lives and works in Tel Aviv and New York
Dana Levy participated at Coup de Ville 2016. This text was published in the catalogue.
The artistic group ‘The Chrysalis’ was one of the alternative societies that took up arms against the conservative art establishment in Belgium at the end of the nineteenth century. The most important item on the agenda was: change. This was the reason for the choice of the reference to the butterfly and their name ‘chrysalis’, meaning emergence. In their artistic manifesto they present fluttering butterflies that emerge from their cocoons to become brilliant new creations.
For the making of her video ‘The Wake’, Dana Levy managed to persuade the staff of the Carnegie Natural History Museum to allow her to film there. Photographer and video artist Levy likes to make reference to the past and loves places where the signs of ageing are tenable. Each visit to a museum is always a symbolic voyage in time. This is especially true of natural history institutions: yesterday and tomorrow suddenly widen into a timescale counted in millions of years. Every object that can be seen there appears to be embalmed forever, and the reason for the wordplay of museum-mausoleum is clear. In ‘The Wake’, Dana Levy brings this static world to life. Her lens glides through the cabinet in which butterflies are carefully preserved, pinned out in neatly arranged rows. To begin with, the only movement is from the camerawork, the change in the picture frame and the montage. Some butterflies appear to have left their glass case and in some of them a slight vibration in their wings can be seen. The delicate fossils seem to have woken and broken out of the order in which they had been placed.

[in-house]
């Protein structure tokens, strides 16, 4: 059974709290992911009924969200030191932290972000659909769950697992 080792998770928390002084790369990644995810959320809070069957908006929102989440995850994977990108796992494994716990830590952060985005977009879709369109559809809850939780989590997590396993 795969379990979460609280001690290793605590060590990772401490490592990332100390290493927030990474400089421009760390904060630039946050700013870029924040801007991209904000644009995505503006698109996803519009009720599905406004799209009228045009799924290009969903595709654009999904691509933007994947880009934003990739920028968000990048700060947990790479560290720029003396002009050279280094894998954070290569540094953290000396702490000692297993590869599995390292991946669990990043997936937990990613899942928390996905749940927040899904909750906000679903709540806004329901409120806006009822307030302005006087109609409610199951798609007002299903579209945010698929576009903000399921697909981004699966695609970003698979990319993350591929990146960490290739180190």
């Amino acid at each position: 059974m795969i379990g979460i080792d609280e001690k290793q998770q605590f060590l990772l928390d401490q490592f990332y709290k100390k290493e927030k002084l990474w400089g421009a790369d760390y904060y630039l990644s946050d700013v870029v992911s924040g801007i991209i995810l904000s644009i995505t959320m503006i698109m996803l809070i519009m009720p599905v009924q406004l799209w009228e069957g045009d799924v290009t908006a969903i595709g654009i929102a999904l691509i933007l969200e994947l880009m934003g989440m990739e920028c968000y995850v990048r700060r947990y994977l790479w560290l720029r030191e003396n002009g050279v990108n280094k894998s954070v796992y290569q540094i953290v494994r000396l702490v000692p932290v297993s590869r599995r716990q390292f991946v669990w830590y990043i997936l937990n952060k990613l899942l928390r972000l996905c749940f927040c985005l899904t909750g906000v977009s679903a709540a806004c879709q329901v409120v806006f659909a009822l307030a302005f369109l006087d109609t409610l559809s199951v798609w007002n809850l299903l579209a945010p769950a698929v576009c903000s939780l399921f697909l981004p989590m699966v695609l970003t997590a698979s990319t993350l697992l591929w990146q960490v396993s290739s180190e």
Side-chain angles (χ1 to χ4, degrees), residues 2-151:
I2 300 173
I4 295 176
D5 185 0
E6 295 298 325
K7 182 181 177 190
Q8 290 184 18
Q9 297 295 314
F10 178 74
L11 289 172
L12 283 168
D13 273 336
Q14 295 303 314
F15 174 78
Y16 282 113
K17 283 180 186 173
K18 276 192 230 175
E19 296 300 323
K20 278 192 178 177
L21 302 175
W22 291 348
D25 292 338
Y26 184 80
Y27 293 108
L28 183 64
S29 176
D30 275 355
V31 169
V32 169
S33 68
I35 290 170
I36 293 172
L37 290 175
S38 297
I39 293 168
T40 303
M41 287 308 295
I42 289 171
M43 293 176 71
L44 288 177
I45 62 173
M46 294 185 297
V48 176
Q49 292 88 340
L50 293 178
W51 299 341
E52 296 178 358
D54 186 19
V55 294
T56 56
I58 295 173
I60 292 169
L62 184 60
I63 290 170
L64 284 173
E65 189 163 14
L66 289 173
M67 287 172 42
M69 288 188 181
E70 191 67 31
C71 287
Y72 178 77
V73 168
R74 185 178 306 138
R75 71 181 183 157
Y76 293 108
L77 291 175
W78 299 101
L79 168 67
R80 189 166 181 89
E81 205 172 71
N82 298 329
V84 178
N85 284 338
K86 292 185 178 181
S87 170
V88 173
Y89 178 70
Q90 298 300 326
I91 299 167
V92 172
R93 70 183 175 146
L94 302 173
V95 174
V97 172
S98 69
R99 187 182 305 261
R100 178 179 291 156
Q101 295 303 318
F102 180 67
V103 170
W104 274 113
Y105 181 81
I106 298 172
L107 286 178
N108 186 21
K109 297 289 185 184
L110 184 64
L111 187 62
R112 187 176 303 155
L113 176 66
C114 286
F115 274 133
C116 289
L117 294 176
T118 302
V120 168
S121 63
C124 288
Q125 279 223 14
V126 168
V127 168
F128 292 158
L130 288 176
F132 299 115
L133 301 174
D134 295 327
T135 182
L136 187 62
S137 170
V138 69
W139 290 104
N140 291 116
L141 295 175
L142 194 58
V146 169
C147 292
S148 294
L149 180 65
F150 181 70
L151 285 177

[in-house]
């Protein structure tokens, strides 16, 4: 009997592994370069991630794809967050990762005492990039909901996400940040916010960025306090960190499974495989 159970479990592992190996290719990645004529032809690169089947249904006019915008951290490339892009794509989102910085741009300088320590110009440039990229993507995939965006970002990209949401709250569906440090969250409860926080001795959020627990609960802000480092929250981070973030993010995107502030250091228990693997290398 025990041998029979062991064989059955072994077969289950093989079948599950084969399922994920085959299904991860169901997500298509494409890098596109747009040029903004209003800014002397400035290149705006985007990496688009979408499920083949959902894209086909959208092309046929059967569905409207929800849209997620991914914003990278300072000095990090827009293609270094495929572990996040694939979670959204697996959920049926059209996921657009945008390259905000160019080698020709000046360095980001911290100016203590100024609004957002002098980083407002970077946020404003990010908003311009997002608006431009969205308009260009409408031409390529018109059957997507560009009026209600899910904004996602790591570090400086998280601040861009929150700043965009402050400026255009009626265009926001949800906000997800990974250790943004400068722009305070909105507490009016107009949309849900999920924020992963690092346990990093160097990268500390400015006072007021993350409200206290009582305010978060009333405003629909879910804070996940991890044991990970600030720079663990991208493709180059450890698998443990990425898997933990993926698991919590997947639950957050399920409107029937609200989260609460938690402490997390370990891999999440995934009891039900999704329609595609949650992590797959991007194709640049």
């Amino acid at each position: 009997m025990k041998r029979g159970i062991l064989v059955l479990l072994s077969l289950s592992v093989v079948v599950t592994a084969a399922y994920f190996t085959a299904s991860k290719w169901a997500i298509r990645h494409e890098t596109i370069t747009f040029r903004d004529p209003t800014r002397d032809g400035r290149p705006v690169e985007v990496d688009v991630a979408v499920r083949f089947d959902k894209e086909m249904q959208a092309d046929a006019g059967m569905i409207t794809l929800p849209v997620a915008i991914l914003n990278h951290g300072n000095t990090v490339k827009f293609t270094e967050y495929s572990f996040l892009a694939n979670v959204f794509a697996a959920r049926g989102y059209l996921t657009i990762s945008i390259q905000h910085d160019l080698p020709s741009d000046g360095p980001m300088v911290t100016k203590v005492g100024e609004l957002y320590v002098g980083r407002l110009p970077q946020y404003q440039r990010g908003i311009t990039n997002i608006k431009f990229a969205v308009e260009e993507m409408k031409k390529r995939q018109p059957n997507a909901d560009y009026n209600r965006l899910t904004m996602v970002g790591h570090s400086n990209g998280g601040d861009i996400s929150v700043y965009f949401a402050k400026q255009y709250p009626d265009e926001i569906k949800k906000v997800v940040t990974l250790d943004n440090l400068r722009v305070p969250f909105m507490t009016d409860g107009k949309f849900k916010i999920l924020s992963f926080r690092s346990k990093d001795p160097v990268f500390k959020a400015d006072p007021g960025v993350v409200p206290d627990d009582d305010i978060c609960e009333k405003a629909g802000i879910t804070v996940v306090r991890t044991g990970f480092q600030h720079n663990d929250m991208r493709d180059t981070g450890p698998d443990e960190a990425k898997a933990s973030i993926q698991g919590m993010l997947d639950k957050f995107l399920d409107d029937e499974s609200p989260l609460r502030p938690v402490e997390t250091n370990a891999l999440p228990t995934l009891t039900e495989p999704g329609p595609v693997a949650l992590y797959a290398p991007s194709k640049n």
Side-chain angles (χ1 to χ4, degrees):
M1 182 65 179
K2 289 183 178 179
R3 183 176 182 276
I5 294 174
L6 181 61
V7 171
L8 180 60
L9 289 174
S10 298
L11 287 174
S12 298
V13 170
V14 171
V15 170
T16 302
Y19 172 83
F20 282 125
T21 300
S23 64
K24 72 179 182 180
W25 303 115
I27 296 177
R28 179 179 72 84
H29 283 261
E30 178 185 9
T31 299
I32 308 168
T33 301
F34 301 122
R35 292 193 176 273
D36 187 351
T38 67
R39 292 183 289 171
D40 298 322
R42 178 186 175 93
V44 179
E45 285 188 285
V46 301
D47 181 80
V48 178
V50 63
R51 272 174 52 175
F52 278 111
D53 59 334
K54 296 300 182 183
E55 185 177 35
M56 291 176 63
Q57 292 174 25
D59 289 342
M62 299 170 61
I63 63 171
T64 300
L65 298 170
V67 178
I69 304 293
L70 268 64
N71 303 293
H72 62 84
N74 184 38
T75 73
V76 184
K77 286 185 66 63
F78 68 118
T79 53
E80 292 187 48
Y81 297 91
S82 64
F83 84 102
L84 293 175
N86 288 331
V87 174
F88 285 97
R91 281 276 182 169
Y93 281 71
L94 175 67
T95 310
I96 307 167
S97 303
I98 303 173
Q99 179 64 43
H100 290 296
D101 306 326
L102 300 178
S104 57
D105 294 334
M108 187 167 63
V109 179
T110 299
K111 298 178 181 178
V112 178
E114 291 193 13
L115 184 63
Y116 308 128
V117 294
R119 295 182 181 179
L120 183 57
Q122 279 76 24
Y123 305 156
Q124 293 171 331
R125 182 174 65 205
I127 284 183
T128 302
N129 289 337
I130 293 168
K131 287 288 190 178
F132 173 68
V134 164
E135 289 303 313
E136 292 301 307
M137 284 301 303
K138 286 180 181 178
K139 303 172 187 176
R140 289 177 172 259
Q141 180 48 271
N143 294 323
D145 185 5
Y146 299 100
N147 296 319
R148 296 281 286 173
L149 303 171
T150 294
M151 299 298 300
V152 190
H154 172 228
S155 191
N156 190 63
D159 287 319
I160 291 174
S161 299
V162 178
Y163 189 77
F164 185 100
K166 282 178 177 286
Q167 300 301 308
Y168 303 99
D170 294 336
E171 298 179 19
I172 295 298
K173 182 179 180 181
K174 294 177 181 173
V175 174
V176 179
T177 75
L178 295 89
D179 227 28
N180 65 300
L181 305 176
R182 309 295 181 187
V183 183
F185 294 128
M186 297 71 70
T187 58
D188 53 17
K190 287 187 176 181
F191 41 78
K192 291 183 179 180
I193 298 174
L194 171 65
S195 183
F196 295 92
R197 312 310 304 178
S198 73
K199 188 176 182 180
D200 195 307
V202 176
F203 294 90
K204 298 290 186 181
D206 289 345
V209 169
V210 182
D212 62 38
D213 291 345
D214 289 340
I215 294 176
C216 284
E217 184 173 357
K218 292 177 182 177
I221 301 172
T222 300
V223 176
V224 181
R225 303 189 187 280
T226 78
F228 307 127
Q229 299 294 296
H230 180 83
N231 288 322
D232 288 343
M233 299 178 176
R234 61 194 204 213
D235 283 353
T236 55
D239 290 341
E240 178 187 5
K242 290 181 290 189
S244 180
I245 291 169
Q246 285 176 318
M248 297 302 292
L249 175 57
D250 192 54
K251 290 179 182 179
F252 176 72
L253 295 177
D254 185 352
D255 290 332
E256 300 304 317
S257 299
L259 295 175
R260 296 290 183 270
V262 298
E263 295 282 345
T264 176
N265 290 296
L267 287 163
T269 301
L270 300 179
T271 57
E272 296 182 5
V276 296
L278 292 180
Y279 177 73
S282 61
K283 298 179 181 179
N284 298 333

Domestication, and the control and extensive hold man has on his environment, are a recurrent theme in the work of Dana Levy. She regularly plays power and weakness, passive and active or wildness and tameness as contrasts against each other. This pairing of opposites or categories forms a foundation for her work, in which a story unfolds each time. Levy finished the montage of her film just as the Arab Spring began. She told Nomi Lev from the art magazine Artforum that as an American- Israeli, it was clear to her that the awakening in her film was a poetic parallel to these events.